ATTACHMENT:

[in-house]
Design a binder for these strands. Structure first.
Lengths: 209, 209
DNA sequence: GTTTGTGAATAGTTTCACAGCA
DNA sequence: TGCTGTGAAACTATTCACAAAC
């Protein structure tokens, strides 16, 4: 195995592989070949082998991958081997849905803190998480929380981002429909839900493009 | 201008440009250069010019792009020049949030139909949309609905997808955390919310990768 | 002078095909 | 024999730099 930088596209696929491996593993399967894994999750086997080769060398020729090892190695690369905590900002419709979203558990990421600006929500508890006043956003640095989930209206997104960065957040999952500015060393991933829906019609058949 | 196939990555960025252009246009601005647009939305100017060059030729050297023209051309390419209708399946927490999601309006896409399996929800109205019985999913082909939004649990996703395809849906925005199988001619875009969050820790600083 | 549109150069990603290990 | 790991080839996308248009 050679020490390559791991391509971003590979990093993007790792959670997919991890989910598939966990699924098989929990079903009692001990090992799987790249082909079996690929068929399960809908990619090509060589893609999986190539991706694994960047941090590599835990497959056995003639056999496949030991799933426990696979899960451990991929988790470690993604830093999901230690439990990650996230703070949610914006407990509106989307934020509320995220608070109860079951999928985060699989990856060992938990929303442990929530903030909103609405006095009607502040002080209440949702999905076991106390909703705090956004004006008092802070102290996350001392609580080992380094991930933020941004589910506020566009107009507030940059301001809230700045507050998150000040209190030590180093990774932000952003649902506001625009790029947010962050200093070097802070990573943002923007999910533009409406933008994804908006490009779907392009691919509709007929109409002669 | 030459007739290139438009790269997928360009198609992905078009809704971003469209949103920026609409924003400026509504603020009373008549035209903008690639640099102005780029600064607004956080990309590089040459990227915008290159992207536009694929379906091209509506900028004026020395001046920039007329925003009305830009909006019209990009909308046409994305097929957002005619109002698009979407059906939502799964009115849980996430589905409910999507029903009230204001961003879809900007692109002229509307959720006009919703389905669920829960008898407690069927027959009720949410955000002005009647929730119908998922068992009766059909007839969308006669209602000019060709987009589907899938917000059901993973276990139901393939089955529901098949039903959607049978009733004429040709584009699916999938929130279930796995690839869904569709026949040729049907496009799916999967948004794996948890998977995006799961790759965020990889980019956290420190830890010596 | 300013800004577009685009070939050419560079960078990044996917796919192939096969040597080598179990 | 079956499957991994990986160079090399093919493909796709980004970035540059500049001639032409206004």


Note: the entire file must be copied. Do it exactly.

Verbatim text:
[in-house]
Design a binder for these strands. Structure first.
Lengths: 209, 209
DNA sequence: GTTTGTGAATAGTTTCACAGCA
DNA sequence: TGCTGTGAAACTATTCACAAAC
């Protein structure tokens, strides 16, 4: 195995592989070949082998991958081997849905803190998480929380981002429909839900493009 | 201008440009250069010019792009020049949030139909949309609905997808955390919310990768 | 002078095909 | 024999730099 930088596209696929491996593993399967894994999750086997080769060398020729090892190695690369905590900002419709979203558990990421600006929500508890006043956003640095989930209206997104960065957040999952500015060393991933829906019609058949 | 196939990555960025252009246009601005647009939305100017060059030729050297023209051309390419209708399946927490999601309006896409399996929800109205019985999913082909939004649990996703395809849906925005199988001619875009969050820790600083 | 549109150069990603290990 | 790991080839996308248009 050679020490390559791991391509971003590979990093993007790792959670997919991890989910598939966990699924098989929990079903009692001990090992799987790249082909079996690929068929399960809908990619090509060589893609999986190539991706694994960047941090590599835990497959056995003639056999496949030991799933426990696979899960451990991929988790470690993604830093999901230690439990990650996230703070949610914006407990509106989307934020509320995220608070109860079951999928985060699989990856060992938990929303442990929530903030909103609405006095009607502040002080209440949702999905076991106390909703705090956004004006008092802070102290996350001392609580080992380094991930933020941004589910506020566009107009507030940059301001809230700045507050998150000040209190030590180093990774932000952003649902506001625009790029947010962050200093070097802070990573943002923007999910533009409406933008994804908006490009779907392009691919509709007929109409002669 | 030459007739290139438009790269997928360009198609992905078009809704971003469209949103920026609409924003400026509504603020009373008549035209903008690639640099102005780029600064607004956080990309590089040459990227915008290159992207536009694929379906091209509506900028004026020395001046920039007329925003009305830009909006019209990009909308046409994305097929957002005619109002698009979407059906939502799964009115849980996430589905409910999507029903009230204001961003879809900007692109002229509307959720006009919703389905669920829960008898407690069927027959009720949410955000002005009647929730119908998922068992009766059909007839969308006669209602000019060709987009589907899938917000059901993973276990139901393939089955529901098949039903959607049978009733004429040709584009699916999938929130279930796995690839869904569709026949040729049907496009799916999967948004794996948890998977995006799961790759965020990889980019956290420190830890010596 | 300013800004577009685009070939050419560079960078990044996917796919192939096969040597080598179990 | 079956499957991994990986160079090399093919493909796709980004970035540059500049001639032409206004």